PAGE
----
by Matthew H. Wallace | | Wednesday, May 15, 2019 - 11:19


Following the disaster at the Crater in the summer of 1864, Lieut. Gen. Ulysses S. Grant planned for another offensive late in the following September. Grant ordered Maj. Gen. Benjamin F. Butler to lead an attack towards Richmond north of the James River with the goals of taking the city and diverting Robert E. Lee’s forces away from Petersburg.

by Matthew H. Wallace | | Monday, April 29, 2019 - 09:24


Of the Union veterans who attended the University of Virginia, nearly a dozen pursued military careers after the Civil War, including Wray Wirt Davis, George Worth Woods, Joseph Cabell Breckinridge, Charles Eversfield, John Fox Hammond, Stephen Dandridge, John Edward Summers, Charles Irving Wilson, George Lea Febiger, John Thornley, and William Evelyn Hopkins. This blog will discuss the lives of Wray Wirt Davis and George Worth Woods in depth. While Davis was a southerner and a cavalry officer, Woods was a navy physician from the North.

by Brian Neumann | | Tuesday, April 2, 2019 - 11:04


Most UVA Unionists—men like William Fishback, James Broadhead, and Albert Tuttle—viewed themselves as conservative men trying to preserve, rather than transform, their world. They rejected political radicalism, sought compromises to avert secession and Civil War, and often accepted post-war reconciliation with former Confederates. New York lawyer Robert Henry Shannon, however, embraced the possibilities of progress. As a Whig and a Republican, he insisted that government action could solve society’s problems and protect Americans’ liberties.

by Clayton J. Butler | | Wednesday, January 16, 2019 - 15:51


Albert H. Tuttle

Although he would later do so in the classroom as a matter of routine, the first time that University of Virginia Professor Albert Henry Tuttle ever presided over a large group of white southern young men was as a Union soldier on prison guard duty during the Civil War. Born in Cuyahoga Falls, Ohio in 1844, Tuttle enlisted in the Eighth Ohio Independent Battery at the age of nineteen and spent his Union service keeping watch over captured Confederates on Johnson’s Island in his home state. After the war he became an internationally recognized scholar in the fields of zoology and biology.

by Jennifer M. Murray | | Tuesday, December 11, 2018 - 15:33


Visitors to Gettysburg, Pennsylvania, will find no shortage of tourist and trinket shops in town, each selling a variety of Civil War souvenirs, memorabilia, and paraphernalia. The battle, its generals, and its leaders have been commercialized and commodified, their images placed on innumerable products, ranging from t-shirts to bobble-heads to decorative art. Recently, one tourist store offered interested buyers a framed Gettysburg collage.

by Matt H. Wallace | | Tuesday, December 4, 2018 - 00:00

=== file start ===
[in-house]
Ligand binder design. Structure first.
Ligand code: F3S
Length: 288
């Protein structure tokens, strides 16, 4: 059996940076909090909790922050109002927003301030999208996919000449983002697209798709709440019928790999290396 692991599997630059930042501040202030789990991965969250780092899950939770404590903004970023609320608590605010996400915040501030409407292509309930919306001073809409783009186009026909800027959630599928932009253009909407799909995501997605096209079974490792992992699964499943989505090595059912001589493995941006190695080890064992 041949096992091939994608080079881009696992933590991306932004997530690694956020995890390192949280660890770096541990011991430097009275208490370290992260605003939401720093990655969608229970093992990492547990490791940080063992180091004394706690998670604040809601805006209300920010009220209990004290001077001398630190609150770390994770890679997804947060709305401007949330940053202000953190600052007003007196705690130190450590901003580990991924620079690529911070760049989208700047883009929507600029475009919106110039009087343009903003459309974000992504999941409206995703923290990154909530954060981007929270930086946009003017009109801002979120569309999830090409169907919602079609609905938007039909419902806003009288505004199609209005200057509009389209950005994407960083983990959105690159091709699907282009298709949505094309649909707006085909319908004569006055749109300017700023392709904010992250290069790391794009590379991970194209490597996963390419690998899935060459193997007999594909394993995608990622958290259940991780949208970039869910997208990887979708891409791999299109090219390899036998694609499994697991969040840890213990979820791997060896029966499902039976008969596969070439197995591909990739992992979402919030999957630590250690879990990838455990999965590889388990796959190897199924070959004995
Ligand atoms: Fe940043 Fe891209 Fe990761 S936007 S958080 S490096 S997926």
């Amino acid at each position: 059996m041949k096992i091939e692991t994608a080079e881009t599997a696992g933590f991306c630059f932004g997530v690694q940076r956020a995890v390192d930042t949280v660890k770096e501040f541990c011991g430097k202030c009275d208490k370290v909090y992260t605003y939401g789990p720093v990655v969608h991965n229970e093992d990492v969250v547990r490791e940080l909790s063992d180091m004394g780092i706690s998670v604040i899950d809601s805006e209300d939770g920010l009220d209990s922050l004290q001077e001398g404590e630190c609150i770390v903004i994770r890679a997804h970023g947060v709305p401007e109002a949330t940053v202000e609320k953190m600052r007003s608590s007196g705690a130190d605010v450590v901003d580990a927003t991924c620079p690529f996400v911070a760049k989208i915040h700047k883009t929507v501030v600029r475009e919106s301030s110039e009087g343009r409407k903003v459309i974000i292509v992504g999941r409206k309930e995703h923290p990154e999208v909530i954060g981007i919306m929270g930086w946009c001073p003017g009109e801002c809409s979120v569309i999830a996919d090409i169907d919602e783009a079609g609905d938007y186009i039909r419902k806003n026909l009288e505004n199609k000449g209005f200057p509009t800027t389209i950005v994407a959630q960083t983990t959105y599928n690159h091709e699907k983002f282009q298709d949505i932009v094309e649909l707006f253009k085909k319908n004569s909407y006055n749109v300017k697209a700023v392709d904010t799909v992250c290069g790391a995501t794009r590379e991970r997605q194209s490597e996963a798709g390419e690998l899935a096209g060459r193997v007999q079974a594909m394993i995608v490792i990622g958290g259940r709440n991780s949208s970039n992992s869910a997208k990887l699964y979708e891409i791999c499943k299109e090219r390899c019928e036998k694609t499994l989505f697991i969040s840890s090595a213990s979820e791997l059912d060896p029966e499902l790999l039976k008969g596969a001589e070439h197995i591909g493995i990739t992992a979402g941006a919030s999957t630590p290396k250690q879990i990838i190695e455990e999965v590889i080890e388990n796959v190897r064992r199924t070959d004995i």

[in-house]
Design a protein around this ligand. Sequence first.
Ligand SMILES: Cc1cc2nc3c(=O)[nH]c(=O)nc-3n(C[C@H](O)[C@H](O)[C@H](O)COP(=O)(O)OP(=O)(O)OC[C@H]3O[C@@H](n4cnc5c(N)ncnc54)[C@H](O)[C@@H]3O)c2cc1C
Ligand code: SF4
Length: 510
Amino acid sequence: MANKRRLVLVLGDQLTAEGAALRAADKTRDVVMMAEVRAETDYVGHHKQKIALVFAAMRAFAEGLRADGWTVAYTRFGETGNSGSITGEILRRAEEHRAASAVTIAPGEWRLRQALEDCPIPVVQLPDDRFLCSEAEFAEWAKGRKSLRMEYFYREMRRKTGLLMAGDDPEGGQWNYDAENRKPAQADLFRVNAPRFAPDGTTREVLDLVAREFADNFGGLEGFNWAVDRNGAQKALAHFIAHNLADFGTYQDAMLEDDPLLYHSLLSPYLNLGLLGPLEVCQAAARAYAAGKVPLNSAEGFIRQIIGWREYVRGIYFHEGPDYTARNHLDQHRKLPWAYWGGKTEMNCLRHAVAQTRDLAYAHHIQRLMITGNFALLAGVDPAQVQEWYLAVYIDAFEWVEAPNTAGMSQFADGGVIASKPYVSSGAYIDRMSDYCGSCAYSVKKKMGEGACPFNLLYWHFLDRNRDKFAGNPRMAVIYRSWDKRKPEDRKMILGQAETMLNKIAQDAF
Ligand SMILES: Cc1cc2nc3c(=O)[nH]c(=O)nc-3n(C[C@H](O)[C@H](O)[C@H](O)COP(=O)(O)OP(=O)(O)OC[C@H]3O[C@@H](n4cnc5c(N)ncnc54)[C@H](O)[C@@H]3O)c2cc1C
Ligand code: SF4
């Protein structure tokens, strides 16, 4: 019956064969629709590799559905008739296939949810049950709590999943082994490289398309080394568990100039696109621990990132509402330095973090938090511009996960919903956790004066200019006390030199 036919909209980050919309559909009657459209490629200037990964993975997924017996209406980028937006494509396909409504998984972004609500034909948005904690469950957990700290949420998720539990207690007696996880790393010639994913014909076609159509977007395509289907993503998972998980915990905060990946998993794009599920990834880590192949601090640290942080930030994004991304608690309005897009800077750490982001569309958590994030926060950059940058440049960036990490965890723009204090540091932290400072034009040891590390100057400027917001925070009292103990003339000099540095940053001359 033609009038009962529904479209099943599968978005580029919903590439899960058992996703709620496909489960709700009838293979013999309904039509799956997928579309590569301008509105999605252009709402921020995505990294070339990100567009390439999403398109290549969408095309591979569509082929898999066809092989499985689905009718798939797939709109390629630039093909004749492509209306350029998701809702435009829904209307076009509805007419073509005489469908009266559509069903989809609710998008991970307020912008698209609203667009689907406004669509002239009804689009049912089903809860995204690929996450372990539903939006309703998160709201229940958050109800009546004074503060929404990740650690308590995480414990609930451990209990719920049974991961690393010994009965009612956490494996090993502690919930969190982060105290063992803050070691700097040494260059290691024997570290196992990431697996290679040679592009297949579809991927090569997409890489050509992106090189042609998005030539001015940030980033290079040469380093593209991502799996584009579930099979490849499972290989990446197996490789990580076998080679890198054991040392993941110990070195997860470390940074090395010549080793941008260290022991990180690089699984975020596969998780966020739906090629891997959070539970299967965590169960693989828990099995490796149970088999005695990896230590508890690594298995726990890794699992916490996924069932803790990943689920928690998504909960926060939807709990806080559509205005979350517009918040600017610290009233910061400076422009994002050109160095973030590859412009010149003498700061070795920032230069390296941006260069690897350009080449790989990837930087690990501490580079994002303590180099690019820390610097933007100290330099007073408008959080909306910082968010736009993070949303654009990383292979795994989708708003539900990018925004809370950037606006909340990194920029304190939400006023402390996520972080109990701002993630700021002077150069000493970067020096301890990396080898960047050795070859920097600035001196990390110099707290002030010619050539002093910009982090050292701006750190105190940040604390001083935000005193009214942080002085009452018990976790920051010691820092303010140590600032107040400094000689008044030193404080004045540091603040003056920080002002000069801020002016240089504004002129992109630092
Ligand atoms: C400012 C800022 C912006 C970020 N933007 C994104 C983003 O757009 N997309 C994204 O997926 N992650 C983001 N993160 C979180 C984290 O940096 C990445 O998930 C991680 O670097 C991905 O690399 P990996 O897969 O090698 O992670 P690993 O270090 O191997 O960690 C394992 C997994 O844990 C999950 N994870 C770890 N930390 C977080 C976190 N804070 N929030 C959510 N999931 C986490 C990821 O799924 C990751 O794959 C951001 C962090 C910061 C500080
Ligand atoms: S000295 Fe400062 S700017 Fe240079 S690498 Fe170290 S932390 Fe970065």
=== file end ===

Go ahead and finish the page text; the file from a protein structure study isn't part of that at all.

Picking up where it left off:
After Maj. Gen. William T. Sherman took Atlanta in the fall of 1864, the Union army commenced Sherman’s famous “March to the Sea.” As an auxiliary effort to his main campaign, Sherman ordered an expedition up the Broad River in South Carolina. Sherman hoped to either cut the railroad between Charleston and Savannah in half, trapping the rebels in Savannah, or spread a weakened rebel force across the state. The resulting encounter between the Union and rebel armies resulted in a Union defeat at the battle of Honey Hill.

by Casey Bowler | | Wednesday, November 28, 2018 - 14:38


Narratives of African American men in the Civil War usually begin in 1863, with the establishment of the Bureau of Colored Troops and the federal push for the enlistment of black soldiers into the Union army. For black men in Louisiana, however, involvement began over two years earlier, with the formation of a Confederate militia to be drawn from the state’s significant population of free men of color. They were called the First Native Guards.

by Matt H. Wallace | | Wednesday, October 31, 2018 - 13:30


On July 30, 1864, the Union army exploded a mine to expose a breach in Confederate lines at Petersburg in the hope of breaking the stalemate and ending the siege. The ensuing assault, which became known as the battle of the Crater, resulted in a Union failure and thousands of casualties in the worst racial massacre of the war. The black troops of the United States Colored Troops (USCT) faced much greater danger at the Crater than their white Union counterparts.

by William B. Kurtz | | Monday, October 29, 2018 - 17:06


Of the six Albemarle-born men who joined the Union navy during the Civil War, no one left behind a larger paper trail than Alexander Caine. Caine, a barber living as a freeman in Philadelphia at the war’s outbreak, joined the Union navy in 1862 as a landsman and served on an ocean-going sloop called the U.S.S. St. Louis off the coast of West Africa. Even after leaving the navy in February 1865, Caine quickly signed up for another tour of duty, traveling to every major port in Europe and the Mediterranean.

by Caroline Wood Newhall | | Thursday, September 20, 2018 - 15:41


Castle Thunder

During a short-term fellowship generously provided by the John L. Nau III Center for Civil War History at the University of Virginia, I found primary sources at the Albert and Shirley Small Special Collections Library to contextualize my dissertation research on black Union soldiers’ experiences as prisoners of war (POWs) in the Confederacy. UVA’s Special Collections houses countless documents that provide insights into the nature of American enslavement through to the end of the Civil War, particularly in Virginia and the Upper South.

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